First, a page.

Nic Bishop

Author  and  Photographer

of Nature  Books  for  Children


How I Research My Books


The information in my books comes from three main sources.


The first is information that I learned during the years that I studied biology, starting from when I was home-schooled in New Guinea by my father, himself a biologist and teacher, and continuing through my PhD studies.  I wasn’t always a good student, but still, it is surprising what sticks.  Much of this information in my books is what biologists consider as general knowledge.


My second source of information is perhaps the most interesting - firsthand observation.  Because I take photographs, I become more involved in my books than if I were only to write them.  As a writer, I could go to a library, get some books on the animal I wanted to write about, and then stay comfortably at home to produce a perfectly good text.  But as a photographer, I have to spend five or six months in close contact with my animal subjects.  It is the most challenging part of creating these books - and the most time-consuming part too.  I may have to travel far afield to find animals in the wild, or else raise them by hand at home.  I will watch them hatch from eggs, grow to adulthood, avoid predators and search for food.  Sometimes I have to figure out the smallest details of their behaviors and life cycles.  Otherwise, I may not get the photographs I need.  And during these months of photography, I learn many things about my subjects by firsthand observation, which in turn inform my text.  Many of the details I write about - how a mother kangaroo cares for her joey, the courtship dancing of butterflies, how a tarantula sheds its skin. or the length of a chameleon’s tongue - do not come from other books.  These are things I have been fortunate to witness.


Of course, I also do my fair share of book research to gather information.  I like to visit university libraries where I can find academic books.  These are like information gold mines, where I can dig for things that may not have made it into other children’s books.  These books are also written by experts and are true to their scientific sources.  And what’s more, much of the information in them is referenced back to original research papers, published in scientific journals.  I love to play science detective and dig my way down to the bedrock of scientific data published in the primary literature.  As well as really being able to check up on the facts, written in the scientist’s own words, I can sometimes find new things to use in my books.  Sifting through a scientist’s original tables and charts can provide opportunities to reinterpret their work in a way that makes it accessible to children.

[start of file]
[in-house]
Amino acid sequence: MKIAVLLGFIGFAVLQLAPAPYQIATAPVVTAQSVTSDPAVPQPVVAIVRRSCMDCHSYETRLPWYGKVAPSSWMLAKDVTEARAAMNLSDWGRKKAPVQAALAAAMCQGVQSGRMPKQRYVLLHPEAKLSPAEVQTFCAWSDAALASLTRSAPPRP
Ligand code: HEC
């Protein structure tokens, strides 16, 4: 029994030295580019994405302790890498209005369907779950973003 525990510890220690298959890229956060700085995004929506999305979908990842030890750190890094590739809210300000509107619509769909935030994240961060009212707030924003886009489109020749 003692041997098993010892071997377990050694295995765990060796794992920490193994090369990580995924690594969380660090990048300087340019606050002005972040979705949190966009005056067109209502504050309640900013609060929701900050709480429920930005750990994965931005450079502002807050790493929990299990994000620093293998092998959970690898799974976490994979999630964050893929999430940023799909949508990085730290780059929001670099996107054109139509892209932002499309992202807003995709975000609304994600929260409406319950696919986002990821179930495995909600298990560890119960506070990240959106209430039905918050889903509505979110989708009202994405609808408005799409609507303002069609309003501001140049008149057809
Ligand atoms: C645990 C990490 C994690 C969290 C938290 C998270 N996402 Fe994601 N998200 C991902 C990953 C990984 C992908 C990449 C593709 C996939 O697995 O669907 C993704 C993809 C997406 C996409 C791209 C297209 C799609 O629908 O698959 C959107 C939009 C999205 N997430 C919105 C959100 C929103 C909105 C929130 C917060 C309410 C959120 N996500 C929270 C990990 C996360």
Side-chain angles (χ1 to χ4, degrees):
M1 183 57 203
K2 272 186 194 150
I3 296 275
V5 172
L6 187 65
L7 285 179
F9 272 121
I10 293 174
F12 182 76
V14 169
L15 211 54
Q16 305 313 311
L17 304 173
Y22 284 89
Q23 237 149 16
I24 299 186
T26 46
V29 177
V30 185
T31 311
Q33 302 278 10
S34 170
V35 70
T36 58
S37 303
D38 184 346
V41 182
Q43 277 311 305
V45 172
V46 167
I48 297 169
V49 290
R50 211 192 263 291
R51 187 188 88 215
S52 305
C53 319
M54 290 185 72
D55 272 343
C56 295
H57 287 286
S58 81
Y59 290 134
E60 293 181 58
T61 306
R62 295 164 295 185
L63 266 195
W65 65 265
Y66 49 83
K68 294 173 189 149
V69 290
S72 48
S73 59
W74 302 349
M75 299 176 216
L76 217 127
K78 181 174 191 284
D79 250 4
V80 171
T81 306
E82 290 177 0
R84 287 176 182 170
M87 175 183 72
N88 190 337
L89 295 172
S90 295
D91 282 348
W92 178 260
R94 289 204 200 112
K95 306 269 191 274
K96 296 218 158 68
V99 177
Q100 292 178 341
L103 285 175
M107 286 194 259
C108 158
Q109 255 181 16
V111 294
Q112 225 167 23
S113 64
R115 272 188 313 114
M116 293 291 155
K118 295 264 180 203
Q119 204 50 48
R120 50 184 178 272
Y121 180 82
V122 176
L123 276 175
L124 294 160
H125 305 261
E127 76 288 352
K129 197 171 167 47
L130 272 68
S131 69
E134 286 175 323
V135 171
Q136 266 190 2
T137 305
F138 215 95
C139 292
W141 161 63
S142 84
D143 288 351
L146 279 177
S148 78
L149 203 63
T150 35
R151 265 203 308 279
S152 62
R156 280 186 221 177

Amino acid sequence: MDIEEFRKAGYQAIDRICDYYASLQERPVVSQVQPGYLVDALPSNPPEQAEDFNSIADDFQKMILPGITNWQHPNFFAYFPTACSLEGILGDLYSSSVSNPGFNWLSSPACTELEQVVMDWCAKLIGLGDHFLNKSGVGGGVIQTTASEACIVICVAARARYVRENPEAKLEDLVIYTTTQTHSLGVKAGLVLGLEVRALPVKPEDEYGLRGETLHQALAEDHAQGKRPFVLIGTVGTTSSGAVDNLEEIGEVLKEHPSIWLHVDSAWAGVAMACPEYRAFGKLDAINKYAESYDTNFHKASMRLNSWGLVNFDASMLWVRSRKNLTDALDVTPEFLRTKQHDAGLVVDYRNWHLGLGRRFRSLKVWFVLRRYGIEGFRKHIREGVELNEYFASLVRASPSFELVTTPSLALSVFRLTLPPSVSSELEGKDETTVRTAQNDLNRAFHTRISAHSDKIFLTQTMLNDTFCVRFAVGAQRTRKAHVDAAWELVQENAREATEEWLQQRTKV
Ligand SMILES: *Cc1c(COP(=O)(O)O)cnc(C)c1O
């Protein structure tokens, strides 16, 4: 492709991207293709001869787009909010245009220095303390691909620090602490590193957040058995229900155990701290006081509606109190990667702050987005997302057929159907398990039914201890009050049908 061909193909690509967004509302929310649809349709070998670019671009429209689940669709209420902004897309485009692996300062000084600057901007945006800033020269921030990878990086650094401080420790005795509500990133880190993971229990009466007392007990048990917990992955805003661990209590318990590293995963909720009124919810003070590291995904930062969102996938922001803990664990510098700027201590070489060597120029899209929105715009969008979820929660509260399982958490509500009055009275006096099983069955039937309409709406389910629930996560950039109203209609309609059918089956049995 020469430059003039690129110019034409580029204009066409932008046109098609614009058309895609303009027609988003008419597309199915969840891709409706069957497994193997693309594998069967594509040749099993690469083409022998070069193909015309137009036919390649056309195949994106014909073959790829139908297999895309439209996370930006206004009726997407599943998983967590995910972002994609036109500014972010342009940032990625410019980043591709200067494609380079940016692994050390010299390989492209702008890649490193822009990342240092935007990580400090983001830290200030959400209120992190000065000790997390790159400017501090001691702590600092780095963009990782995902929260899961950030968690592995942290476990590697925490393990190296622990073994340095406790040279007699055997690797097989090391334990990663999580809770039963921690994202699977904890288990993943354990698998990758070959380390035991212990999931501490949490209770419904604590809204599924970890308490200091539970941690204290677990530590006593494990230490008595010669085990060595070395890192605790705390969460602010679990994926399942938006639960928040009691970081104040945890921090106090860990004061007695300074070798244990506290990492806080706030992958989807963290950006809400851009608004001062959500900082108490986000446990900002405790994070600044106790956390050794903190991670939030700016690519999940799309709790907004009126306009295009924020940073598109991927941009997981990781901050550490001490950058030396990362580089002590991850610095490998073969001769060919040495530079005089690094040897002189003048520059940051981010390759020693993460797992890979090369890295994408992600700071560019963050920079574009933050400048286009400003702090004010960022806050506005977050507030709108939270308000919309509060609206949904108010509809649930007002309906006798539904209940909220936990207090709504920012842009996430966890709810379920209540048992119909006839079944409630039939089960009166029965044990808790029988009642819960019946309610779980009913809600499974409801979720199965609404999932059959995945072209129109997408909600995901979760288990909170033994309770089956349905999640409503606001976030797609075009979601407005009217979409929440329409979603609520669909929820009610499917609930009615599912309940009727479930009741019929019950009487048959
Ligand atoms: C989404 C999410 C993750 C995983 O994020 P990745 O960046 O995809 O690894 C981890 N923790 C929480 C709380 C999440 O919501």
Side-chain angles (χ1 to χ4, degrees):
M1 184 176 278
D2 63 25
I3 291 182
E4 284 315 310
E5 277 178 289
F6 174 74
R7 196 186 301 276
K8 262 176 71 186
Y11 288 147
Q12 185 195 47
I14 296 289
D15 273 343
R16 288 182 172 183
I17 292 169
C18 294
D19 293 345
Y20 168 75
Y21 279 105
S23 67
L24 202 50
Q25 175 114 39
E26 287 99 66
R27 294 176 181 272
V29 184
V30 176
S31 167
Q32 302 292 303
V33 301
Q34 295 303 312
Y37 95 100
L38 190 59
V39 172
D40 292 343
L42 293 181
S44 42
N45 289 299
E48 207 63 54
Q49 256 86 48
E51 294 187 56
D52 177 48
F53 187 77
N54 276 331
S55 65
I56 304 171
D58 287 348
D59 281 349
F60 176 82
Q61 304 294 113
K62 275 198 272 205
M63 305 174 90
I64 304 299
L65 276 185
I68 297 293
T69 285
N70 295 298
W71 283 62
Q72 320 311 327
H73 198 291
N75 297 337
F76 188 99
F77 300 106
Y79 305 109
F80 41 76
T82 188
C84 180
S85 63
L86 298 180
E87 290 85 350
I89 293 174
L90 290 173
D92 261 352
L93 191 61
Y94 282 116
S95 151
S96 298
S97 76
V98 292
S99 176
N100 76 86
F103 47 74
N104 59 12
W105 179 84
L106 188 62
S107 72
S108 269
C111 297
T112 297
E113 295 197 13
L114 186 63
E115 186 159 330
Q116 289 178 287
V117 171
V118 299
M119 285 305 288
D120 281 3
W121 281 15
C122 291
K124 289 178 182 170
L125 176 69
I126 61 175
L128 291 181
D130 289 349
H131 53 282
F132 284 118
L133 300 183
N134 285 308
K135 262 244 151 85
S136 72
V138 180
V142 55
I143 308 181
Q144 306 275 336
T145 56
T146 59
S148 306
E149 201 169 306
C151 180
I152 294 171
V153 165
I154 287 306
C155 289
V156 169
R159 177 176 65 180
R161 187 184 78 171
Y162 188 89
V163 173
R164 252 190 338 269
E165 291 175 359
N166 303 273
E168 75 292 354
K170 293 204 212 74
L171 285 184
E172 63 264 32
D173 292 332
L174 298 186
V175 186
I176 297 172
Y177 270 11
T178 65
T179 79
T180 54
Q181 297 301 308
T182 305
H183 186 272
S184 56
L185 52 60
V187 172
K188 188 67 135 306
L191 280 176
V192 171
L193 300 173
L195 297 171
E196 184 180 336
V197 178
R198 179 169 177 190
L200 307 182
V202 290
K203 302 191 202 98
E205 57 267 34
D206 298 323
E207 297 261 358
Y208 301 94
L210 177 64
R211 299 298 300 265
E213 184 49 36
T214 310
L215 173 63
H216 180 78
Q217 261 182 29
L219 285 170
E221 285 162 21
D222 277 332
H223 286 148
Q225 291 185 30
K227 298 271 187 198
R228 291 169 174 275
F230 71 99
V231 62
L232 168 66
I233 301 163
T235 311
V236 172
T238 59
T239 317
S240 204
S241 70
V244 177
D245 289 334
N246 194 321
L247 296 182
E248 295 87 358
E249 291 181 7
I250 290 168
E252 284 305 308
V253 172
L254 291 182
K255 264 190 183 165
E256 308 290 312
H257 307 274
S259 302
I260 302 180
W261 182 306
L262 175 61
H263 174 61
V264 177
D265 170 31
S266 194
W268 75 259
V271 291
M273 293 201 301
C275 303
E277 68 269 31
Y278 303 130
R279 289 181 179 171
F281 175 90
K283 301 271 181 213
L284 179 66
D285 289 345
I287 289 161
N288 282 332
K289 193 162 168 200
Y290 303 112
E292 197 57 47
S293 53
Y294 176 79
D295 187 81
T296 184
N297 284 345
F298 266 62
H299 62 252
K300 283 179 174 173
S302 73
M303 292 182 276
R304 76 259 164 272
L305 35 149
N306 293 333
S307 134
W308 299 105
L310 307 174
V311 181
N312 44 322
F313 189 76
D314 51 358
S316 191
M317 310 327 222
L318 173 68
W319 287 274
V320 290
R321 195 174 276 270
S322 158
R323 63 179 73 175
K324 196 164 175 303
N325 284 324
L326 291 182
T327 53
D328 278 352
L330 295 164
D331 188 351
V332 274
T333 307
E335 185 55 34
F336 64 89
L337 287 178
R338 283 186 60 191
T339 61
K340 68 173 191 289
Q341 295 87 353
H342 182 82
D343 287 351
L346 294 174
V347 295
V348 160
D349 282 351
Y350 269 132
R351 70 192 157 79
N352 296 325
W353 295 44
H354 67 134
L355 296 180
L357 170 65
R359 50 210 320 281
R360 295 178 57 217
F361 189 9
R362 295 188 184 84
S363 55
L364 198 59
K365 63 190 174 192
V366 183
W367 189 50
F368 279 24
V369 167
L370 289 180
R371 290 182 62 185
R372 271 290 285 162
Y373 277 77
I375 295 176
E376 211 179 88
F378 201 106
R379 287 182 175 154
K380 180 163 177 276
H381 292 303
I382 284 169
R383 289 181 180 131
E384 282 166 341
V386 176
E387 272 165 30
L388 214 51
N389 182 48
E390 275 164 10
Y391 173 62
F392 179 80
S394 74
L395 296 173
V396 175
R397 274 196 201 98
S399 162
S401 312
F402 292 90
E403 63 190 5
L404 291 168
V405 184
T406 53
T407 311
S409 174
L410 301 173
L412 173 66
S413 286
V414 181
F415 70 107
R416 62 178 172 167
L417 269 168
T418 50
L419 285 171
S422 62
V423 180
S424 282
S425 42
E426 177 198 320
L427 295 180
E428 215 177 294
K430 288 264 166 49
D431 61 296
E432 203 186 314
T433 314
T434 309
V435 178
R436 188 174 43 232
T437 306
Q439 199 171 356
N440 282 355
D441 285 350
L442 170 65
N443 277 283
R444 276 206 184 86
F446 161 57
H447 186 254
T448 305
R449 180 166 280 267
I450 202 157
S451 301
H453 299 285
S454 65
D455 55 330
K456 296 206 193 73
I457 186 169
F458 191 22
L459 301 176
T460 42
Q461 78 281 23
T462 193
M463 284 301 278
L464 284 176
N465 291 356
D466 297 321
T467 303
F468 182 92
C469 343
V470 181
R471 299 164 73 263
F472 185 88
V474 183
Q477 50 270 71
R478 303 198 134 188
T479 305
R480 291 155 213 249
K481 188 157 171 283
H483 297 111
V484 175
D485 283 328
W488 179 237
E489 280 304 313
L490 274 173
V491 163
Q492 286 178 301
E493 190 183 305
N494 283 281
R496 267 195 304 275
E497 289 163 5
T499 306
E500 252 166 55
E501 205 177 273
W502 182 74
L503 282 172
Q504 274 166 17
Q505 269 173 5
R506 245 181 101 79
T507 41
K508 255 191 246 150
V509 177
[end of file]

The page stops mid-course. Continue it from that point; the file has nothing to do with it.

When I have almost finished the photography for a book I look forward to writing the text.  I get to sit in a comfy chair, drink cups of coffee, pet the cat, and lose myself in own imagination filled with frogs, spiders or whatever animal my book is about.


I prefer to write longhand, with pen and paper, at least in the early stages.  going to a computer too soon, before I have a very clear idea of a book, can bring the whole process to a halt.  Faced by the keyboard, I feel I have to write finished sentences and paragraphs.  And if I can’t, then everything freezes.  But so long as I’m scribbling things down on a pad, there is no pressure.  I can play with words and ideas, and my imagination is free.


I begin by jotting down all the facts I want to include in the book.  At first, they are in no particular order.  But over a few weeks I rework everything several times.  I like to pay particular attention to the overall structure of the book, so that it is informative and yet simple to read in a linear fashion.  Ultimately, I may finish six rewrites by hand, and who knows how many cups of coffee, before I go to the computer.  But by then, the text has pretty much assembled itself and I can quickly type out a draft of the book.


Bibliographies:  Because much of the information in my books does not come directly from other books, or else comes from relatively academic texts that are not accessible to young readers, I often do not include bibliographies in my children’s titles.  For those who are interested, I have listed these research bibliographies on this website, for my books published after 2008.  They can be found by going to the Books page then clicking on a book.

Text and Images - Copyright Nic Bishop